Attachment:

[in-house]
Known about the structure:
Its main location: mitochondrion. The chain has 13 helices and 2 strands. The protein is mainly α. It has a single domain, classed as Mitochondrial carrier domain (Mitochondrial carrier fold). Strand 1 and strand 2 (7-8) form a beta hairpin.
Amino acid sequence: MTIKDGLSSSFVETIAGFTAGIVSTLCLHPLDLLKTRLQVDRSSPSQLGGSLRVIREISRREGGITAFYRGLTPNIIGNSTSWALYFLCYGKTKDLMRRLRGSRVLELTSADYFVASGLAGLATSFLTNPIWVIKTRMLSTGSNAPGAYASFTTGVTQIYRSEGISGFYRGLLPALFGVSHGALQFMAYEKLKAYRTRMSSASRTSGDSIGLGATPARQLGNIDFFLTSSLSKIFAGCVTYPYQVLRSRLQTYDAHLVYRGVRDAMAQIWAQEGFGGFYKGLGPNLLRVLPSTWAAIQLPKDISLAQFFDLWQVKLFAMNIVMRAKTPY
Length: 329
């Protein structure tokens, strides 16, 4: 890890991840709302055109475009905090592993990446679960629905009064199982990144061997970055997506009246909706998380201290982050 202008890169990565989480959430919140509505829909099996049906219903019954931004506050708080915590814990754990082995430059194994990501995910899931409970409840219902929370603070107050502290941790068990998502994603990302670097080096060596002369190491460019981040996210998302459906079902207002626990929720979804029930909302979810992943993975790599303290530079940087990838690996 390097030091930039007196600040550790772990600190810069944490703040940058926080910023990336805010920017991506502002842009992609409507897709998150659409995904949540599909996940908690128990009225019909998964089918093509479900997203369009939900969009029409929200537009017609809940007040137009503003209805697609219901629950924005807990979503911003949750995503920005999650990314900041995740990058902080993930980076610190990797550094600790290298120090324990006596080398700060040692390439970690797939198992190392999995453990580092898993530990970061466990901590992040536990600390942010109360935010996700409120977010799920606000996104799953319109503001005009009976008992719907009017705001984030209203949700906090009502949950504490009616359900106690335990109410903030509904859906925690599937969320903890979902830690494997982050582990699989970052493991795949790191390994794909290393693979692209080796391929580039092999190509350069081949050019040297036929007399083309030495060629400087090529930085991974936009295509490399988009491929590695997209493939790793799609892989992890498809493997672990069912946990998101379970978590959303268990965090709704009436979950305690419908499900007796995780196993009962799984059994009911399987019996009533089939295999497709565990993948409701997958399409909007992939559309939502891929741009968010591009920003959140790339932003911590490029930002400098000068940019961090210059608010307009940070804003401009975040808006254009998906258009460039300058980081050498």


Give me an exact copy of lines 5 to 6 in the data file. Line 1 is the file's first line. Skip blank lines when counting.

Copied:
Length: 329
């Protein structure tokens, strides 16, 4: 890890991840709302055109475009905090592993990446679960629905009064199982990144061997970055997506009246909706998380201290982050 202008890169990565989480959430919140509505829909099996049906219903019954931004506050708080915590814990754990082995430059194994990501995910899931409970409840219902929370603070107050502290941790068990998502994603990302670097080096060596002369190491460019981040996210998302459906079902207002626990929720979804029930909302979810992943993975790599303290530079940087990838690996 390097030091930039007196600040550790772990600190810069944490703040940058926080910023990336805010920017991506502002842009992609409507897709998150659409995904949540599909996940908690128990009225019909998964089918093509479900997203369009939900969009029409929200537009017609809940007040137009503003209805697609219901629950924005807990979503911003949750995503920005999650990314900041995740990058902080993930980076610190990797550094600790290298120090324990006596080398700060040692390439970690797939198992190392999995453990580092898993530990970061466990901590992040536990600390942010109360935010996700409120977010799920606000996104799953319109503001005009009976008992719907009017705001984030209203949700906090009502949950504490009616359900106690335990109410903030509904859906925690599937969320903890979902830690494997982050582990699989970052493991795949790191390994794909290393693979692209080796391929580039092999190509350069081949050019040297036929007399083309030495060629400087090529930085991974936009295509490399988009491929590695997209493939790793799609892989992890498809493997672990069912946990998101379970978590959303268990965090709704009436979950305690419908499900007796995780196993009962799984059994009911399987019996009533089939295999497709565990993948409701997958399409909007992939559309939502891929741009968010591009920003959140790339932003911590490029930002400098000068940019961090210059608010307009940070804003401009975040808006254009998906258009460039300058980081050498």